TBILISI, Georgia – Georgia on Wednesday called on foreign visitors to the Winter Olympics to keep out of Abkhazia, a Russia-aligned breakaway territory just south of Sochi along the Black Sea coast.

The International Olympic Committee, however, said there was no reason not to go to Abkhazia.

Abkhazia declared independence shortly after Russian forces crushed the Georgian army in a brief 2008 war, but most of the world still considers it Georgian territory. Only Russia, Venezuela, Nicaragua, and two Pacific island nations have recognized Abkhazia as an independent country.

Russia’s attempts to facilitate travel across its border with Abkhazia, only five kilometres (three miles) south of Olympic venues, was “a provocation aimed at undermining the sovereignty and territorial integrity of Georgia” and “misleading foreign citizens,” the Georgian Foreign Ministry said in a statement.

Asked the IOC’s view on Olympics visitors going to Abkhazia, IOC spokesman Mark Adams said “why not.”

“The talks and exchanges between the two governments, that’s entirely been to the two governments,” he said. “In terms of going to Abkhazia … well if it’s safe, people will go there.”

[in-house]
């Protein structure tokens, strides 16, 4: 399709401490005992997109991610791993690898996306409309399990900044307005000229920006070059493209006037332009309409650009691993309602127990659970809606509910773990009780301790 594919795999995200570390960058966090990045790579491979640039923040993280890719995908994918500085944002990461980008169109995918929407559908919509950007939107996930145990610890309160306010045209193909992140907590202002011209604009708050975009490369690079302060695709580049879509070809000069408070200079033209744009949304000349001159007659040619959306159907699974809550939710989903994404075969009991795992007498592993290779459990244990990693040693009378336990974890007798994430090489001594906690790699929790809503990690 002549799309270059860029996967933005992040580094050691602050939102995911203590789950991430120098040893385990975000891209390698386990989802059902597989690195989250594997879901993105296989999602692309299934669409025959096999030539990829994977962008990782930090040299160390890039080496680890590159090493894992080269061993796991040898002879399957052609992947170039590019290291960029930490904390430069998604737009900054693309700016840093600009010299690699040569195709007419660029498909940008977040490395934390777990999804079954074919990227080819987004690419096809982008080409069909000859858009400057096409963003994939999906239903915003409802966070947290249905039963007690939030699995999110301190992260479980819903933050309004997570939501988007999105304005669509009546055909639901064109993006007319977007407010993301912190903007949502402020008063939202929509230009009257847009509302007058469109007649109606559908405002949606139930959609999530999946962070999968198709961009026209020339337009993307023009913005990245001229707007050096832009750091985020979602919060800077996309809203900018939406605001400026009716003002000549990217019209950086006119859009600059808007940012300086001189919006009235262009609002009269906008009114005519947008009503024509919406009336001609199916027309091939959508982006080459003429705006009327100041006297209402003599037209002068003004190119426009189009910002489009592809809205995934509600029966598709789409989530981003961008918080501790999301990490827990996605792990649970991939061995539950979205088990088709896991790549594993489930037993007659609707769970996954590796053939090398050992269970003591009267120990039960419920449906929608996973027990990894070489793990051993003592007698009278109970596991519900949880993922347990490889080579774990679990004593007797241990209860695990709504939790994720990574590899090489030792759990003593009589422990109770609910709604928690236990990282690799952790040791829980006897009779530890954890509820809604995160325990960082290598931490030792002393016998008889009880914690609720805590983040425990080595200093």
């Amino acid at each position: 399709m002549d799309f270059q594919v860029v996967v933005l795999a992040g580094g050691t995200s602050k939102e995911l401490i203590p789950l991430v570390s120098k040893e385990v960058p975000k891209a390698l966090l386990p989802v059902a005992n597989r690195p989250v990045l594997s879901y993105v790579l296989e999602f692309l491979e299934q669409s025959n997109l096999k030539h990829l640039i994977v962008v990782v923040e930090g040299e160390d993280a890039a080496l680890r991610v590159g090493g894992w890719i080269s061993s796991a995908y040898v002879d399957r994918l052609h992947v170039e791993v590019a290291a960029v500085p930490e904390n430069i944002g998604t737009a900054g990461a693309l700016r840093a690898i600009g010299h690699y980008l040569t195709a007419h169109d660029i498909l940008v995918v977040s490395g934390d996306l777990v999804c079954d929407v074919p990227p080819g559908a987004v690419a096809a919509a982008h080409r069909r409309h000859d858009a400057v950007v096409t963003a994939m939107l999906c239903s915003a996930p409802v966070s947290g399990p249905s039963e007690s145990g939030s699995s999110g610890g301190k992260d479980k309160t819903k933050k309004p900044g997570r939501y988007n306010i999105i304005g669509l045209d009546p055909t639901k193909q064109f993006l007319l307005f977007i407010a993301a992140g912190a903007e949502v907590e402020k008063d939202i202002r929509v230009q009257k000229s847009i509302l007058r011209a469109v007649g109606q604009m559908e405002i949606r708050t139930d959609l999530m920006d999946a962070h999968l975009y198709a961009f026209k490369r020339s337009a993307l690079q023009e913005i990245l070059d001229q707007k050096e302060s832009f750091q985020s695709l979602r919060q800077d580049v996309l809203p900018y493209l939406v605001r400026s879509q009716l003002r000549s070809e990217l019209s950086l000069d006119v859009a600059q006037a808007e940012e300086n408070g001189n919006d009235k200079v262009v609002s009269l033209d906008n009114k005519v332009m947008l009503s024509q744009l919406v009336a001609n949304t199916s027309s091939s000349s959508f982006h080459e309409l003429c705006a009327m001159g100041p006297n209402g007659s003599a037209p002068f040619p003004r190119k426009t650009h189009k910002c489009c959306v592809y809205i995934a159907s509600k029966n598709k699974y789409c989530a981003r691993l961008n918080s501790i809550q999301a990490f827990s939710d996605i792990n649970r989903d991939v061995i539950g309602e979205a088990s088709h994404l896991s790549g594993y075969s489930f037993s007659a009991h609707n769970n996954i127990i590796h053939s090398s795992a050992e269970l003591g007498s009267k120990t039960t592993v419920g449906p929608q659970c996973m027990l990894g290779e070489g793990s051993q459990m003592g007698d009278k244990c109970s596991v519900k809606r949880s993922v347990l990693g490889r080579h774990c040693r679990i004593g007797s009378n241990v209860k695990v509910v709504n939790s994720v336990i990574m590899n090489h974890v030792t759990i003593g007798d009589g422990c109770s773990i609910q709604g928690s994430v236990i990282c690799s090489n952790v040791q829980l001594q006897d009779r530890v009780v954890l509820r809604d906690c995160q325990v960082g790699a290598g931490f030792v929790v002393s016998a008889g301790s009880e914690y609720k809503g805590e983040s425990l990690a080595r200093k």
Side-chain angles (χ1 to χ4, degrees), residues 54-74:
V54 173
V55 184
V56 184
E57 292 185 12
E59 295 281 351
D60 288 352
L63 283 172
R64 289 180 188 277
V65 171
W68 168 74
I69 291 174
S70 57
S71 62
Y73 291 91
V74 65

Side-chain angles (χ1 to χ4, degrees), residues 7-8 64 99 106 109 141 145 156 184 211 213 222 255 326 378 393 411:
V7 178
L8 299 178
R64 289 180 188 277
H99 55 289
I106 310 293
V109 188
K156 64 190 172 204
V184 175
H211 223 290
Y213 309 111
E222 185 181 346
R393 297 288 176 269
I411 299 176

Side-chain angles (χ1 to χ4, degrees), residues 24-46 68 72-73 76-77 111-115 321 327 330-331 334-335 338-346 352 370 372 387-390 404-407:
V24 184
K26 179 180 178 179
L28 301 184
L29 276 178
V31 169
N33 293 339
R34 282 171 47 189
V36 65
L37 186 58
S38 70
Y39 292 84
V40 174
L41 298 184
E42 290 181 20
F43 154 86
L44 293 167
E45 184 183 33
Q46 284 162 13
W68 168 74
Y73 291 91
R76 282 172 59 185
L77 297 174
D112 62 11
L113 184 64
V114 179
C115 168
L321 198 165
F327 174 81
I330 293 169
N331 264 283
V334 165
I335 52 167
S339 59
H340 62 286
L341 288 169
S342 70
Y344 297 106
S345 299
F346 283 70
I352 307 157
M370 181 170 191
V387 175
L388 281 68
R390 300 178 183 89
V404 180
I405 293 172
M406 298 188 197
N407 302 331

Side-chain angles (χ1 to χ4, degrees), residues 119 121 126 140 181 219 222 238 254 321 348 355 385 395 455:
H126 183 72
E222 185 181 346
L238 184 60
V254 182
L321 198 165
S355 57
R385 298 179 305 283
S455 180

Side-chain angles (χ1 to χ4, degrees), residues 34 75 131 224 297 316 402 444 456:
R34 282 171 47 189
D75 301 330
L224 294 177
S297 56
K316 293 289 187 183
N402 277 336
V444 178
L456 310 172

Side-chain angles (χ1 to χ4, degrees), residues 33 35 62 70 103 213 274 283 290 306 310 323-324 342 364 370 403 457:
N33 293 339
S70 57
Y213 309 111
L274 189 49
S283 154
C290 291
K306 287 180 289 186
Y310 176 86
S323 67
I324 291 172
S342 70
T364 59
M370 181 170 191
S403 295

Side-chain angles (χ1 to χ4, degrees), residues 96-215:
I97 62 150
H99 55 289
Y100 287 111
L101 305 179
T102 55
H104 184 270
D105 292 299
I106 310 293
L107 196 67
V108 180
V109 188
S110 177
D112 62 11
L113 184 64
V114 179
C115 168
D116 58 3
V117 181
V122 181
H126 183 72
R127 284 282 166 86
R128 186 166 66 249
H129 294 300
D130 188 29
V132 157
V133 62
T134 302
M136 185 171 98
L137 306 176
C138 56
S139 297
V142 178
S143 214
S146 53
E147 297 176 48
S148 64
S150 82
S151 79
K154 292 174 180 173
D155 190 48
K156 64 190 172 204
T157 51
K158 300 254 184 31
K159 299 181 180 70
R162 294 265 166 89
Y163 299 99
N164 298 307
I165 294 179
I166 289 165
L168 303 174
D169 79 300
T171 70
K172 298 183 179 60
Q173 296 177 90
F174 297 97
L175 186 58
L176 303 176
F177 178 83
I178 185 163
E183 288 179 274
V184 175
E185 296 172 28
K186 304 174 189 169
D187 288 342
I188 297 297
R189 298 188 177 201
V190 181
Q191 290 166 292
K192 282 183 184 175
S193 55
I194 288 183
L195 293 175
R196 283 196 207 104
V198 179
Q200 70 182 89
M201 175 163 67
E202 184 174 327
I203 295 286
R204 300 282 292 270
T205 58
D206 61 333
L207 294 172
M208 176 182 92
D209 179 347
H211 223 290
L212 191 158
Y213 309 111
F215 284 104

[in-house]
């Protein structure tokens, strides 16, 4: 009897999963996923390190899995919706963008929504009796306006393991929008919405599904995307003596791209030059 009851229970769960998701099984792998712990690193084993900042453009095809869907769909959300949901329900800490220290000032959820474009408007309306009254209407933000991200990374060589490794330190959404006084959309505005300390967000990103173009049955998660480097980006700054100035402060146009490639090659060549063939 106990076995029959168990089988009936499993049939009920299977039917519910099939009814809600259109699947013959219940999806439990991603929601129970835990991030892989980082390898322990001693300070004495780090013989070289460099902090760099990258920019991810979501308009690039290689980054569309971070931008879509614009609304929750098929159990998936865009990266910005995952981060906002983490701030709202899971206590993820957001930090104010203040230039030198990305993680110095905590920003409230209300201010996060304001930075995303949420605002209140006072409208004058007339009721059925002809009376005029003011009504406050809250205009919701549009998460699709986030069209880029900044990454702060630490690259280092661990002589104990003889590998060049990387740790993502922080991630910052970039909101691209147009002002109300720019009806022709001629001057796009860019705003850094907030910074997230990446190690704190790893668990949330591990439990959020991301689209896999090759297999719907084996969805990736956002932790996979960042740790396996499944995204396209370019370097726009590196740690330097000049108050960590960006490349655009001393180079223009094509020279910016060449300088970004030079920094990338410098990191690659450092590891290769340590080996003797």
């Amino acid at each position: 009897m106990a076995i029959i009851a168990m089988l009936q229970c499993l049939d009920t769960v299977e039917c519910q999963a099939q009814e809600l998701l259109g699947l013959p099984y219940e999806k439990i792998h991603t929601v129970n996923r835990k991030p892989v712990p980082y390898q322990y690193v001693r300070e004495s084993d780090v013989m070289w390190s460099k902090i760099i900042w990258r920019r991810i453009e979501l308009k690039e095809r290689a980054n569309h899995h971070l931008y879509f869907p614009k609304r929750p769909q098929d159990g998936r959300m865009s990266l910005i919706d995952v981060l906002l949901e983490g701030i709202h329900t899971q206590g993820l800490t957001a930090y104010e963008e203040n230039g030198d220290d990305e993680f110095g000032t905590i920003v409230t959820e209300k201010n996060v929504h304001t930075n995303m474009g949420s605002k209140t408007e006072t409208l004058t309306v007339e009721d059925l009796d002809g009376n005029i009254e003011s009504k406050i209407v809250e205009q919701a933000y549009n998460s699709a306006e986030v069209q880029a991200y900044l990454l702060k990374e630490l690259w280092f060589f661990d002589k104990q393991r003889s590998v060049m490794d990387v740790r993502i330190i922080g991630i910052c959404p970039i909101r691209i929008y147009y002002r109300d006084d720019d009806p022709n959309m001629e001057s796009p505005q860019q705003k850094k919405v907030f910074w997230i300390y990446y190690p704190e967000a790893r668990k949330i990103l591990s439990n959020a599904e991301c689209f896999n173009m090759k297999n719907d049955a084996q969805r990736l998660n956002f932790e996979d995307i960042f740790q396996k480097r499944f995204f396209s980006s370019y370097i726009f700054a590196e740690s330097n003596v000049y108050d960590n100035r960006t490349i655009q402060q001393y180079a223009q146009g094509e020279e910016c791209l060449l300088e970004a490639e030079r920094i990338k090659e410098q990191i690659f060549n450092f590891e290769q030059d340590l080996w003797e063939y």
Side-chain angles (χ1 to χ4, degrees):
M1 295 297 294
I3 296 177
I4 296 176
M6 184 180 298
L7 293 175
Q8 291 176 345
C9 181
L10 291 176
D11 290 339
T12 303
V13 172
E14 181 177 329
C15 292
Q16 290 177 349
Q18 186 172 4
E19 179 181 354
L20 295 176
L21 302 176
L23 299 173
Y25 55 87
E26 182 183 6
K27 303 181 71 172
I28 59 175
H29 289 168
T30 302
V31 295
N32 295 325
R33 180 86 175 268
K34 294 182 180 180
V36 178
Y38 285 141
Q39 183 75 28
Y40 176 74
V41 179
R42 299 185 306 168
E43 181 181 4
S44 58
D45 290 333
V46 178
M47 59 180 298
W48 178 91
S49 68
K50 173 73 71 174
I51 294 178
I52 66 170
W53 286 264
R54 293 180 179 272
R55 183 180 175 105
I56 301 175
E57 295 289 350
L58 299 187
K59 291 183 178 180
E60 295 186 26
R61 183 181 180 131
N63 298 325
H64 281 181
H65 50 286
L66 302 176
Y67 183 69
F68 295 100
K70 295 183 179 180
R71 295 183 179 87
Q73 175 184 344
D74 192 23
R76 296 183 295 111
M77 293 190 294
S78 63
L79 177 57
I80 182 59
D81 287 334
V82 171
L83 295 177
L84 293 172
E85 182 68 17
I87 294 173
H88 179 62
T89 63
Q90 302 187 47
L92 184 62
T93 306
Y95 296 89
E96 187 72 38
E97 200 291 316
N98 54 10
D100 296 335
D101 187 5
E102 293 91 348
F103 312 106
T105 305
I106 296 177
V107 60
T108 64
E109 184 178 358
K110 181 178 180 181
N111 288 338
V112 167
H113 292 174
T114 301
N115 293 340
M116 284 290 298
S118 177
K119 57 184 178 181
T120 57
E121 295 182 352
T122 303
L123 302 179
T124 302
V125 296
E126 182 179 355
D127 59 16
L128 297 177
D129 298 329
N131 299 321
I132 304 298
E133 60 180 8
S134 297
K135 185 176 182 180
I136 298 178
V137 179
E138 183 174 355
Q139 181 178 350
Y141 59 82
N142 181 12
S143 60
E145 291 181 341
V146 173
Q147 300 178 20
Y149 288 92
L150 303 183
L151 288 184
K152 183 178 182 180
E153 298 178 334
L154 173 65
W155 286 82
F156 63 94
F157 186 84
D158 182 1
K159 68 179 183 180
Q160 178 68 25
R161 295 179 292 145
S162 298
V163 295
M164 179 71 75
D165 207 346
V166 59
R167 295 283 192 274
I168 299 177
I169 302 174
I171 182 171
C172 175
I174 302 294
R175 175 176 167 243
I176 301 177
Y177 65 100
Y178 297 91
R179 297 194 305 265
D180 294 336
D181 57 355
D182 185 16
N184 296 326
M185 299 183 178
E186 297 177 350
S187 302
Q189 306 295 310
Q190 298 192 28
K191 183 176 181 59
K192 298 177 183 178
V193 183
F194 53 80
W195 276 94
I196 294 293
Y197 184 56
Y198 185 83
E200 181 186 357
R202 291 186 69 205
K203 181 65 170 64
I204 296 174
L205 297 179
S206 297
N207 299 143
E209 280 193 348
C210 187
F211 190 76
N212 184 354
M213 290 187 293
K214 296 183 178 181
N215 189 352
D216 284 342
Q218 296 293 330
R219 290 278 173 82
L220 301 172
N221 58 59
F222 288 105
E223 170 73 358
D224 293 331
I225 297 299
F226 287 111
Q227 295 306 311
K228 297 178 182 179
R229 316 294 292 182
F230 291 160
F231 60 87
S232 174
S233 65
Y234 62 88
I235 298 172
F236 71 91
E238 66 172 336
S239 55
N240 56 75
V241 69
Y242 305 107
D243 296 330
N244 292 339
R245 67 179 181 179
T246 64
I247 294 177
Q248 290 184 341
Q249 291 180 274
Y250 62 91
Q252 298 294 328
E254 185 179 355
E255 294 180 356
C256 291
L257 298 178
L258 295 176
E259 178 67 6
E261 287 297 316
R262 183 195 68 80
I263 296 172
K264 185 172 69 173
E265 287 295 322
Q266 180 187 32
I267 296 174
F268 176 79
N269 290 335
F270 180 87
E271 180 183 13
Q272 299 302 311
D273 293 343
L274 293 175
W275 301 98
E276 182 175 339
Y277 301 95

Alexandra Kosterina, spokeswoman for the Sochi organizers, refused to comment.

While Abkhazia and another breakaway region, South Ossetia, remain sticking points in restoring diplomatic relations between Georgia and Russia, Russian President Vladimir Putin said Monday that he hoped the Sochi Games would help to mend fences and expressed a willingness to meet with his Georgian counterpart.

The Georgian government responded positively to Putin’s overture.

Mutual personal enmity had prevented any meeting between Putin and former Georgian President Mikhail Saakashvili, whose term ended in November.

The Russian Foreign Ministry said a possible meeting between Putin and Georgia’s new president, Giorgi Margvelashvili, would be discussed at talks in early March between envoys from the two countries.

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Associated Press writer Angela Charlton in Sochi, Russia, contributed to this report.